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“Trolls” Beware: New Tort of Internet Harassment

Written by on March 1, 2021 in Employment Law Blog, Focus on Canadian Cases
Internet Harassment

By Tejpreet (Tanya) Sambi

The Ontario Superior Court of Justice has recently recognized a new tort in Caplan v. Atas, 2021 ONSC 670: the tort of internet harassment.

In this case, the employee, Ms. Atas, was terminated in the 1990s, and over the next 20 years she began a campaign of harassment across multiple internet websites.

By the end of her tirade, she had harassed around 150 victims, including her previous employer, family members of her previous employer, her legal counsel, New York Times journalists, and many others. Ms. Atas sent hate mail and made postings alleging professional malfeasance, pedophilia, sexual criminality, even abuse of a recently deceased family member. The Court described cyberstalking as Ms. Atas’ “perfect pastime” and dubbed her lack of empathy as “sociopathic”.

We are all familiar with internet “trolls” and the vicious comments that appear across Instagram, in the comments section on YouTube and on Reddit pages. Prior to this decision, victims of internet harassment would have to seek recourse through the tort of intentional infliction of mental suffering and the tort of defamation, which can be difficult to establish, as you have to demonstrate visible injury or mental suffering.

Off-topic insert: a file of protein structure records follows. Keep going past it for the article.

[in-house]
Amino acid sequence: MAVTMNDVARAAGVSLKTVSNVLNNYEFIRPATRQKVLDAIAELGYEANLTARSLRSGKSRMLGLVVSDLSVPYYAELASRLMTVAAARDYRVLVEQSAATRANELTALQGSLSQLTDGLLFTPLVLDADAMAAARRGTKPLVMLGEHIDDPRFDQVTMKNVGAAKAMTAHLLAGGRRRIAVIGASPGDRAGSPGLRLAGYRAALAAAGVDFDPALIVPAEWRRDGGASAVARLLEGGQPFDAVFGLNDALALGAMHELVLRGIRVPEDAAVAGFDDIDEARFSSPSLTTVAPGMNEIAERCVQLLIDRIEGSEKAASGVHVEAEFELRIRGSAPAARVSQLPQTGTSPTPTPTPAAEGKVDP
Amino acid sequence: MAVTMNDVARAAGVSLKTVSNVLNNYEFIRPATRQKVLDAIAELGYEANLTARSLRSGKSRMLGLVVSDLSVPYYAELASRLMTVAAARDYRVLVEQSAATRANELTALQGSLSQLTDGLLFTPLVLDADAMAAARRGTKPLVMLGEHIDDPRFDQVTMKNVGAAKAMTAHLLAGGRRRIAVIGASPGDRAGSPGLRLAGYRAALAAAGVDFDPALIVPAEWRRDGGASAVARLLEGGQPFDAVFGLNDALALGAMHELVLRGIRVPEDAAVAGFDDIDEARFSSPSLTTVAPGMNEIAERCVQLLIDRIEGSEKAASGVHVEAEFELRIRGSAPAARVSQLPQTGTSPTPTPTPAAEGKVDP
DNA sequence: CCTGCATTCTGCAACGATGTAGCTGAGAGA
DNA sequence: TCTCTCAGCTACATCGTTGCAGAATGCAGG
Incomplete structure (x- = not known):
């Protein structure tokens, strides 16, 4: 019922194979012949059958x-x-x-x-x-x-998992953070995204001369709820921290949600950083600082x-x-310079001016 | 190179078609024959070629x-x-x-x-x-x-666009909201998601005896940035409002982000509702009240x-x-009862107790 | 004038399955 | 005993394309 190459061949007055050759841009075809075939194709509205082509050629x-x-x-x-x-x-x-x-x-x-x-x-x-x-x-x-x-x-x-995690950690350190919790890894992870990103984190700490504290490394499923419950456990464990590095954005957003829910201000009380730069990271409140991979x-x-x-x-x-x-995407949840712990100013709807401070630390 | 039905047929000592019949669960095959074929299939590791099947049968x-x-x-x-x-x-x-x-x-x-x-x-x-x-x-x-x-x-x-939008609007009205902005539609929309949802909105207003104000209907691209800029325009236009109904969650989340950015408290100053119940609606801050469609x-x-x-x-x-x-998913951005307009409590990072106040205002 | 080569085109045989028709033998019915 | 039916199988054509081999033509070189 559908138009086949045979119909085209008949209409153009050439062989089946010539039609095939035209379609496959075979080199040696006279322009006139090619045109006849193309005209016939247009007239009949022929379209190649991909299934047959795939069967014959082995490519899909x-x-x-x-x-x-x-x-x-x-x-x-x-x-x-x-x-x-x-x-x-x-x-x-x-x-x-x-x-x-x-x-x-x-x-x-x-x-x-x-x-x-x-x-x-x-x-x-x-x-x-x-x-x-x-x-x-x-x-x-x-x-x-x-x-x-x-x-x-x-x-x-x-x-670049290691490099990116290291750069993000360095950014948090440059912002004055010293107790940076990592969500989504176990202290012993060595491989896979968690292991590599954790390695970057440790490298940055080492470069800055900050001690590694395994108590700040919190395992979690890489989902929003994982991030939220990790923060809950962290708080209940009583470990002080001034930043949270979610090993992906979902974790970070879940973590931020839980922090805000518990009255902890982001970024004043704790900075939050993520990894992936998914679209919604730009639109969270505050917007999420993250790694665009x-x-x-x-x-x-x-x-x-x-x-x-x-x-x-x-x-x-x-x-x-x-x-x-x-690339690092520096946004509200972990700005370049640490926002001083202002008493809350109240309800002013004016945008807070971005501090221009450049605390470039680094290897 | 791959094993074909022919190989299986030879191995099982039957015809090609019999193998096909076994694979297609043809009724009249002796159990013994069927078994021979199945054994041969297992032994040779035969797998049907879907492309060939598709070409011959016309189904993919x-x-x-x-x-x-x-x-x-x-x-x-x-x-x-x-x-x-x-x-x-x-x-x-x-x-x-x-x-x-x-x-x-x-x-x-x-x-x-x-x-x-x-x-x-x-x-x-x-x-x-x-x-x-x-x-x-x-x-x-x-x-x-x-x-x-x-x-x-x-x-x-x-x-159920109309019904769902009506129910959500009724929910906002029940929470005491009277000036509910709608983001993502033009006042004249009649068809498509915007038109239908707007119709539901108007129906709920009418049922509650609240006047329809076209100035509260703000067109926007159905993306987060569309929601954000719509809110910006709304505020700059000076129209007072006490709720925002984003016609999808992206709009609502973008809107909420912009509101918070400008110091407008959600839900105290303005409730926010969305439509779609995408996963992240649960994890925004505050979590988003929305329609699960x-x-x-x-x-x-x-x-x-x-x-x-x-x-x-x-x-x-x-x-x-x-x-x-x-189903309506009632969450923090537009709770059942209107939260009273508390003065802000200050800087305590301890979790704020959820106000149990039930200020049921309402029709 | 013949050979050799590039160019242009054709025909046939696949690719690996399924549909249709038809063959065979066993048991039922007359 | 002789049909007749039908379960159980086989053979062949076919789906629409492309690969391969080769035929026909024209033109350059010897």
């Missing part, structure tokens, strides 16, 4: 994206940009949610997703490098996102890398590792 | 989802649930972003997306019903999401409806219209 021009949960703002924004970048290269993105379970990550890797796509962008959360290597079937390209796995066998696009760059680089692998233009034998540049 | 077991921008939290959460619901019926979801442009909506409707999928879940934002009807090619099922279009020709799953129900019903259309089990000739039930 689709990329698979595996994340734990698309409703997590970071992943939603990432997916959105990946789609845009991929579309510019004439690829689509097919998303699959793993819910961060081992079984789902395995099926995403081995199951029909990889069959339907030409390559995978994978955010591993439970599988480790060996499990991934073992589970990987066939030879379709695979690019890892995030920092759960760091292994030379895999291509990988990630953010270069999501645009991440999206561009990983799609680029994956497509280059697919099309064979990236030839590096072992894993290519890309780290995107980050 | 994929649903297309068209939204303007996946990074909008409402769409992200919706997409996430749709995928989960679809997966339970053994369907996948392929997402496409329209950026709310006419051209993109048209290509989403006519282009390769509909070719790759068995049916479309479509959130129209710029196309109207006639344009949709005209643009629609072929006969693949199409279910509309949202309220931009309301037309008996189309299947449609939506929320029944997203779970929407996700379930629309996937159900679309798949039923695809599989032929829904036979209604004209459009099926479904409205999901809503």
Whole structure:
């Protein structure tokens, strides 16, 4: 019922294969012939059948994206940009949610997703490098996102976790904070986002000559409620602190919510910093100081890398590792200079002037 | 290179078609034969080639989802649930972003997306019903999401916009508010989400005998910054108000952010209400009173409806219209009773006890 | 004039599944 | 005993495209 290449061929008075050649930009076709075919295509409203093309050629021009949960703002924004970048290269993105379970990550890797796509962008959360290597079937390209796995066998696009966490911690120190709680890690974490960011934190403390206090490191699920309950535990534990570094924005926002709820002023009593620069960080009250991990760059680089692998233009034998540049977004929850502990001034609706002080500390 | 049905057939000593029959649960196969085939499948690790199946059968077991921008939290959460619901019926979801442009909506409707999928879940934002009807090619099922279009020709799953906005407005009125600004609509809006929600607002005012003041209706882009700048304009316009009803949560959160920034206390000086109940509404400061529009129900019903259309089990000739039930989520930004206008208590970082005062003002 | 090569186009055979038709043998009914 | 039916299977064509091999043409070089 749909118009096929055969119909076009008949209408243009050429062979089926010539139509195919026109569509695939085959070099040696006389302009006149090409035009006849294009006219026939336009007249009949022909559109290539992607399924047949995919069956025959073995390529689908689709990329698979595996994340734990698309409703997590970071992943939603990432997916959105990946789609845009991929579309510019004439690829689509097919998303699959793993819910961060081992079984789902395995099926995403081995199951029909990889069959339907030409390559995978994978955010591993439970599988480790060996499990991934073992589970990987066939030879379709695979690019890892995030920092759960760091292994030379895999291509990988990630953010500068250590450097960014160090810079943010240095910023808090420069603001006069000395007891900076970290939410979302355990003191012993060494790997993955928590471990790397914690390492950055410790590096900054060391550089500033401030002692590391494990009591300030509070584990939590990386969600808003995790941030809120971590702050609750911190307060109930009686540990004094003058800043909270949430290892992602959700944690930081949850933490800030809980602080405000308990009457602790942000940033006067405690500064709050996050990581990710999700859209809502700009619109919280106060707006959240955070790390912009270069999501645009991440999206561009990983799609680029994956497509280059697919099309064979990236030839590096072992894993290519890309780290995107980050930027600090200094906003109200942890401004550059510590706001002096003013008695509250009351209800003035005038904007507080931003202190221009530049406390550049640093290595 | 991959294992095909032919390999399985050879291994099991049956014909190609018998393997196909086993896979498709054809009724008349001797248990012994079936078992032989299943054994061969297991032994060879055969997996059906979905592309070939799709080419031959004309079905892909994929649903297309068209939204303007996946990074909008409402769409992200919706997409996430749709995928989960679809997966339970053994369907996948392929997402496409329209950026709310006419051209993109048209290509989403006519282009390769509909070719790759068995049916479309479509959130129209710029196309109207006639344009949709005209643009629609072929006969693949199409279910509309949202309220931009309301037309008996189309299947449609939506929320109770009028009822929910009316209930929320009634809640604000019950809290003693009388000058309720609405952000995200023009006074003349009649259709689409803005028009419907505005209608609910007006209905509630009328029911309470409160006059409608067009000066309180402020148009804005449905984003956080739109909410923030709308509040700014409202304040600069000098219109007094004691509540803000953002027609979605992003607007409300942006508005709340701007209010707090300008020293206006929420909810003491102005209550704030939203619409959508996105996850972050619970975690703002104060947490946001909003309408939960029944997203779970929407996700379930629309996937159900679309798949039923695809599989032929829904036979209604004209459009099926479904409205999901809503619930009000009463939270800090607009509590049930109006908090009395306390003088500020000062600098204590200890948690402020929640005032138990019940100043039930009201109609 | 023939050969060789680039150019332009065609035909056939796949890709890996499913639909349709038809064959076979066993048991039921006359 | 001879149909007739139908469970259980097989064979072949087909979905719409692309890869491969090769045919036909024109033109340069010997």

In light of this and because a remedy to stop and provide recourse for internet harassment was needed, the Court recognized a new tort, the tort of internet harassment.

Tort of Internet Harassment

To establish that someone’s behavior online falls within the tort to internet harassment, the following three factors must be met:

  1. the defendant maliciously or recklessly engaged in communications conduct so outrageous in character, duration, and extreme in degree, so as to go beyond all possible bounds of decency and tolerance;
  2. the communications conduct was done with the intent to cause fear, anxiety, emotional upset, or to impugn the dignity of the plaintiff; and
  3. the plaintiff suffered such harm, as intended by the defendant.

Takeaways

This case highlights the importance of being cautious about what we post on the internet and to whom we say it. Employees who feel that they have been mistreated by their employer need to be careful about what they post on the internet either during their employment or after they’ve been terminated.

It is equally important for Employers to be aware that they have legal recourse against a former or current employee if they find the employee is engaging in internet harassment towards their company or towards their employees. This behavior may also constitute cause for termination of the Employee.

It is yet to be seen whether the decision will be appealed to the Ontario Court of Appeal. If it is, it is possible the Court of Appeal may find that the tort of internet harassment is not necessary given the existence of other torts, similar to the Court of Appeal’s decision regarding the tort of harassment in Merrifield v. Canada (Attorney General).

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